Others, who believe the allegation, often take some pleasure, or schadenfreude, from it, having grown resentful of US “meddling” in Russian political life for so many years. (In recent history, the remembered example is the Clinton administration’s very substantial efforts on behalf of President Boris Yeltsin’s reelection in 1996.)

But what should interest us is how Russiagate allegations have tarnished America’s democratic reputation in Russia and thereby undermined the pro-American arguments of Russia’s liberal democrats, who were never a very potent political or electoral force and whose fortunes have already declined in recent years. Consider the following:

  • Russian democrats argue that their country’s elections are manipulated and unfair, including, but not only, those that put and kept Vladimir Putin in the Kremlin. “Patriotic nationalists” now reply that Russiagate rests on the allegation, widely reported and believed in the United States, that an American presidential election was successfully manipulated on behalf of the desired candidate and that the entire US electoral system may be vulnerable to manipulation.
  • Russian democrats protest that oligarchic and other money has corrupted Russian politics. Their opponents argue that special counsel Robert Mueller’s convictions and other indictments – in the cases of Paul Manafort and Michael Cohen, for example -prove that American political life is no less corrupt financially.
  • Going back to Soviet times and continuing today, a major complaint of Russian democrats has been the shadowy, malevolent role played by intelligence agencies, particularly the KGB and its successor organization. Patriotic nationalists point to disclosures that their US institutional counterparts, the CIA and FBI, played a secretive and major role in the origins of Russiagate allegations against Trump as a presidential candidate and since his inauguration.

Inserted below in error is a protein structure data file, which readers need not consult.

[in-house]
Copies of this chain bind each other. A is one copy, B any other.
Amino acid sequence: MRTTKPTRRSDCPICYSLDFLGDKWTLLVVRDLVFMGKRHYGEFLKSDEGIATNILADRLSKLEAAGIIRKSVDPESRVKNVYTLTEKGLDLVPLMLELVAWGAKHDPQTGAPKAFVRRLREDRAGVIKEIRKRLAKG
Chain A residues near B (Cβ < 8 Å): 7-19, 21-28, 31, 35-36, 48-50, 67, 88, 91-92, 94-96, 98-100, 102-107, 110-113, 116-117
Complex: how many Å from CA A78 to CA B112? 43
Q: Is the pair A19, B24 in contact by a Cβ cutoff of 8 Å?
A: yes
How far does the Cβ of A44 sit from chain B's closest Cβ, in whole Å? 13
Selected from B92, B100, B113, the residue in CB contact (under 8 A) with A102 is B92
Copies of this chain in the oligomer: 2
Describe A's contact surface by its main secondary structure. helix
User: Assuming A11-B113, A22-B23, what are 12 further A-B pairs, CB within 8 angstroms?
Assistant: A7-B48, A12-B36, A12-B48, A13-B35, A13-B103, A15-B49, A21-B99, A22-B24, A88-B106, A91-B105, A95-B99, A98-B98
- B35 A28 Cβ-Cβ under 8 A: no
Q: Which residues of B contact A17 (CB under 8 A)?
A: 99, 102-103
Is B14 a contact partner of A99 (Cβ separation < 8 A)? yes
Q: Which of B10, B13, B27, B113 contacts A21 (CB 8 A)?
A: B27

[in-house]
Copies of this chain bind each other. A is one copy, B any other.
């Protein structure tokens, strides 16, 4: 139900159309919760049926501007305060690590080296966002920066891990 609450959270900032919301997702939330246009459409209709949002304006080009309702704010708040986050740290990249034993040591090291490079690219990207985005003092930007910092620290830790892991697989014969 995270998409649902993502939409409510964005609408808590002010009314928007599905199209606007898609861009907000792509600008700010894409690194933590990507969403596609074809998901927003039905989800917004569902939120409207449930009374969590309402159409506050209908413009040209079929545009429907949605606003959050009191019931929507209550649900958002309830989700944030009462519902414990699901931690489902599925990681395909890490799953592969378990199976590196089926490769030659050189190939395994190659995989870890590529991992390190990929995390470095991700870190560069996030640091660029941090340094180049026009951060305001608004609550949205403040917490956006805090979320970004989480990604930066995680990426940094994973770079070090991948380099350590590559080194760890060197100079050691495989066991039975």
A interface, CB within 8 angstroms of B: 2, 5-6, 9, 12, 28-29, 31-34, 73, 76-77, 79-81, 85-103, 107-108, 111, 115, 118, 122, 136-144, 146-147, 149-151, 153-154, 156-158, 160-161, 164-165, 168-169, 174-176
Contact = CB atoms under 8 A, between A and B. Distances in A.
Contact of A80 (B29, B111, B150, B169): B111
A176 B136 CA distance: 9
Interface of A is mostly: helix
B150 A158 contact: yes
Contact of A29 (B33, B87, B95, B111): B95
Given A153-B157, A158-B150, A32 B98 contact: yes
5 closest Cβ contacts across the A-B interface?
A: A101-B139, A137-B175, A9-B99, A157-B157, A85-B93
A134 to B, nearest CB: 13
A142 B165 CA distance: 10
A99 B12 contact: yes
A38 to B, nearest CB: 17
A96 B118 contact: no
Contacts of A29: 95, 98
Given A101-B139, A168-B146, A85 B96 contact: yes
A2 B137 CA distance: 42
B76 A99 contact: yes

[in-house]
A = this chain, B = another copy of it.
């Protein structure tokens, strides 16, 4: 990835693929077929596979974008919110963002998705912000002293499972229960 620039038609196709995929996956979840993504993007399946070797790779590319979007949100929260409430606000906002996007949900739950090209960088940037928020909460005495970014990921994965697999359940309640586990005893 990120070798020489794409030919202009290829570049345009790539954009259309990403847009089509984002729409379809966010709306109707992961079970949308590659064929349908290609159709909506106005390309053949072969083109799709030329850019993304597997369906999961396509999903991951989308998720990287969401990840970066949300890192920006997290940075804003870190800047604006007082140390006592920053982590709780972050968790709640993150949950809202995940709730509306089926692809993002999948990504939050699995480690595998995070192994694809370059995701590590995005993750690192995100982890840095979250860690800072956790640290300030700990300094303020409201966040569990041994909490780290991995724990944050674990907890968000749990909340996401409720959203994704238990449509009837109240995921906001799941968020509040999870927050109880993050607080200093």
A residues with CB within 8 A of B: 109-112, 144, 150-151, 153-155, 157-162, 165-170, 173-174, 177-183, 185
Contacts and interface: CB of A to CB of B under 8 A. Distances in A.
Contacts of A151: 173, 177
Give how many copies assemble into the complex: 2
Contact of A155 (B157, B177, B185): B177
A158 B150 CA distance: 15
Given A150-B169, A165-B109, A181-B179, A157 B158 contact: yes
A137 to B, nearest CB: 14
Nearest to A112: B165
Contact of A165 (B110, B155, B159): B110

• Russian democratic dissidents have long protested, and been stifled by, varying degrees of official censorship. Their Russian opponents argue that campaigns now underway in the United States against “Russian disinformation” in the media are a form of American censorship.
  • Many Russians distrust their media, particularly “mainstream” state media. Their opponents retort that American mainstream media is no better, having undertaken a kind of “war” against President Trump and along the way having had to retract dozens of widely circulated stories. In this connection, we may wonder what Russian skeptics made of an astonishingly revealing statement by the media critic of The New York Times – an authoritative newspaper in Russia as well – on January 21 that the “ultimate prize” for leading American journalists is having “helped bring down a president.” By now, Americans may not be shocked by such a repudiation by the Times of its own professed mission and standards, but for Russian journalists, who have long looked to the paper as a model, the reaction was likely profound disillusionment.